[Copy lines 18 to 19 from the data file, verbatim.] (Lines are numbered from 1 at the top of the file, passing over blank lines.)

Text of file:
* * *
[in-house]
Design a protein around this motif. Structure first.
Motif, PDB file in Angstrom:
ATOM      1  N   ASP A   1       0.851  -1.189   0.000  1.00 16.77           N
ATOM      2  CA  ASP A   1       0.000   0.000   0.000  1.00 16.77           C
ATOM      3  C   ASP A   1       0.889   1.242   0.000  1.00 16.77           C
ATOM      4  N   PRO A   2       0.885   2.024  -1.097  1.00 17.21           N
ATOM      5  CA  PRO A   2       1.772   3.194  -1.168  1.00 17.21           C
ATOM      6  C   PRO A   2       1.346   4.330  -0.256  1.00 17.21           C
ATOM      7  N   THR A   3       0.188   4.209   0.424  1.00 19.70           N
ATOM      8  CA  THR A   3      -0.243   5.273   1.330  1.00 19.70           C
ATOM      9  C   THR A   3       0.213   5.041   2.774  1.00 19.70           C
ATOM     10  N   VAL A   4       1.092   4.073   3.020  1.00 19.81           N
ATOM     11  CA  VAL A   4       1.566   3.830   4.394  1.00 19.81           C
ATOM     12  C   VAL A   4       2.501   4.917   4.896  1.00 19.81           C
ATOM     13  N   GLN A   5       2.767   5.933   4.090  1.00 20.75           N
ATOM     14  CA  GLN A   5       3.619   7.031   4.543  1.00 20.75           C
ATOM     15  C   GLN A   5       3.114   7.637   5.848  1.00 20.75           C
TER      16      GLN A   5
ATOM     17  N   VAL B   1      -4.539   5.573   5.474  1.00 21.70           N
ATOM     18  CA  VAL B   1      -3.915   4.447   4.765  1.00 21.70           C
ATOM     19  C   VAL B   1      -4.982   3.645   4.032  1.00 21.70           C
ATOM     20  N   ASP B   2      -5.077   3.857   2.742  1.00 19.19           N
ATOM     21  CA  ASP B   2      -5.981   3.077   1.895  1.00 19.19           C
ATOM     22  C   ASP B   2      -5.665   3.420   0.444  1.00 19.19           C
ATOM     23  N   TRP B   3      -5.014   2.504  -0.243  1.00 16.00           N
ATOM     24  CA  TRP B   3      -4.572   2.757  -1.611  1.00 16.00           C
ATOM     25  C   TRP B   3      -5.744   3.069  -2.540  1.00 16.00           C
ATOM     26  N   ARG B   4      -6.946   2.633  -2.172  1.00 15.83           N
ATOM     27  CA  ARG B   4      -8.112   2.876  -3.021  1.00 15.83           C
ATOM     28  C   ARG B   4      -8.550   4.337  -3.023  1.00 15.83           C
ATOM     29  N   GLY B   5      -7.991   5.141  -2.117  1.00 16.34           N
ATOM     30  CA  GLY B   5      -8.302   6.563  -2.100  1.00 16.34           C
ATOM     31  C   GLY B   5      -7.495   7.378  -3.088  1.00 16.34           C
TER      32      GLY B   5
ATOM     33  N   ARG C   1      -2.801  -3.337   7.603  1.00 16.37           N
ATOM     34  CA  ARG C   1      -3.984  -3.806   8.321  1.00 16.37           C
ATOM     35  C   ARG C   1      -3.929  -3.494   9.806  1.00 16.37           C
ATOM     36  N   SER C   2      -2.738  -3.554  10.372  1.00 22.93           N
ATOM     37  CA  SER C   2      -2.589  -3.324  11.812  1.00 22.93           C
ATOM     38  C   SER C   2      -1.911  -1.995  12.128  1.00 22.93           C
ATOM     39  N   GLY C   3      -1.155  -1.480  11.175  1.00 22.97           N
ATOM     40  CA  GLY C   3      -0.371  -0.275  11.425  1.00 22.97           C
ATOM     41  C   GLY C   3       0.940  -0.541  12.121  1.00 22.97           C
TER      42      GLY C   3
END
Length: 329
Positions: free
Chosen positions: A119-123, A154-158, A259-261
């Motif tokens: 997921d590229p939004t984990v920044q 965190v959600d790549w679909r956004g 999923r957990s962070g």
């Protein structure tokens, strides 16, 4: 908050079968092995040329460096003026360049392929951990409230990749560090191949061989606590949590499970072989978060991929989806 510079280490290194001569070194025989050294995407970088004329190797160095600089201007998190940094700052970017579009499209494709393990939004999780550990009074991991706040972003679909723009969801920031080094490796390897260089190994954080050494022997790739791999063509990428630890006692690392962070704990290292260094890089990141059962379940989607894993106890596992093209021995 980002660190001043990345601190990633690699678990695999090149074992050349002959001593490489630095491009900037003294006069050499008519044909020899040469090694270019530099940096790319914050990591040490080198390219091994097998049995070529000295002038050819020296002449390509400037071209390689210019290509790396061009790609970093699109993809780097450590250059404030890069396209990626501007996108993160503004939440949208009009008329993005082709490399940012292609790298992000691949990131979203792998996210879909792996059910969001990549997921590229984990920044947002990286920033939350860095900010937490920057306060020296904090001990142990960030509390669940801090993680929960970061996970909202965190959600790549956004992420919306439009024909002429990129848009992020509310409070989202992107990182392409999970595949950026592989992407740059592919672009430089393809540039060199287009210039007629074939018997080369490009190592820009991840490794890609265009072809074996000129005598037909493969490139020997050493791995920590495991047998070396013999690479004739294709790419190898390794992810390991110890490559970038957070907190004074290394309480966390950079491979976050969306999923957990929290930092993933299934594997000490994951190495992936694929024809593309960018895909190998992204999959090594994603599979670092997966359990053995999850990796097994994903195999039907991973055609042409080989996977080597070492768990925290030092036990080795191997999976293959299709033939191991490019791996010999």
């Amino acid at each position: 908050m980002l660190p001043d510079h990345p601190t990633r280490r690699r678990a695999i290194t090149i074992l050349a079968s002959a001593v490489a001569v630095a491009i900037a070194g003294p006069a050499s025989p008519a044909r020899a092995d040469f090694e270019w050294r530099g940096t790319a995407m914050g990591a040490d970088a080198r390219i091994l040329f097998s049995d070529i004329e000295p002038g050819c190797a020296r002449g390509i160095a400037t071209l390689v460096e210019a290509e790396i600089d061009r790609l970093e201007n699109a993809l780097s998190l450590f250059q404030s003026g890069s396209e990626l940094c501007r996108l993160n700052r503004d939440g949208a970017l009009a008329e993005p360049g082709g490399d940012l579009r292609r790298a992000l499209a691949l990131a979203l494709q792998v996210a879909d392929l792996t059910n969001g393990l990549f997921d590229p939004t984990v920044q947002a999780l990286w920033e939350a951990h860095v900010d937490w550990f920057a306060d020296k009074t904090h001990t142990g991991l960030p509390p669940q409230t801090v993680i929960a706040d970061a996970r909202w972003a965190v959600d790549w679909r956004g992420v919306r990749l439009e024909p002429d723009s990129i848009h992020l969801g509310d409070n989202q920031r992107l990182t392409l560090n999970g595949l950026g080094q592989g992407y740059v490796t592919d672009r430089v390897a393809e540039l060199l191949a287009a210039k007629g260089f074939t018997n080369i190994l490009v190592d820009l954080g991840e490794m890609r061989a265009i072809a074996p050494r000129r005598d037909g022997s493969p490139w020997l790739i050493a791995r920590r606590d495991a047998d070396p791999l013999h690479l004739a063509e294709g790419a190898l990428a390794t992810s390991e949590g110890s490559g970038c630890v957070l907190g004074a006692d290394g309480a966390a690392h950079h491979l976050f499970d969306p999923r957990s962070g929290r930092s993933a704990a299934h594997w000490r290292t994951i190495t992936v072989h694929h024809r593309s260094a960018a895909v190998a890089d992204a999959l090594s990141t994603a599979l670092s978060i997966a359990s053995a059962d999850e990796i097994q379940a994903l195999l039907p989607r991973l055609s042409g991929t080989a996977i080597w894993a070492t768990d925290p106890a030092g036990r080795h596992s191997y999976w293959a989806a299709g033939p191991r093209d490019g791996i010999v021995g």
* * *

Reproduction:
ATOM     15  C   GLN A   5       3.114   7.637   5.848  1.00 20.75           C
TER      16      GLN A   5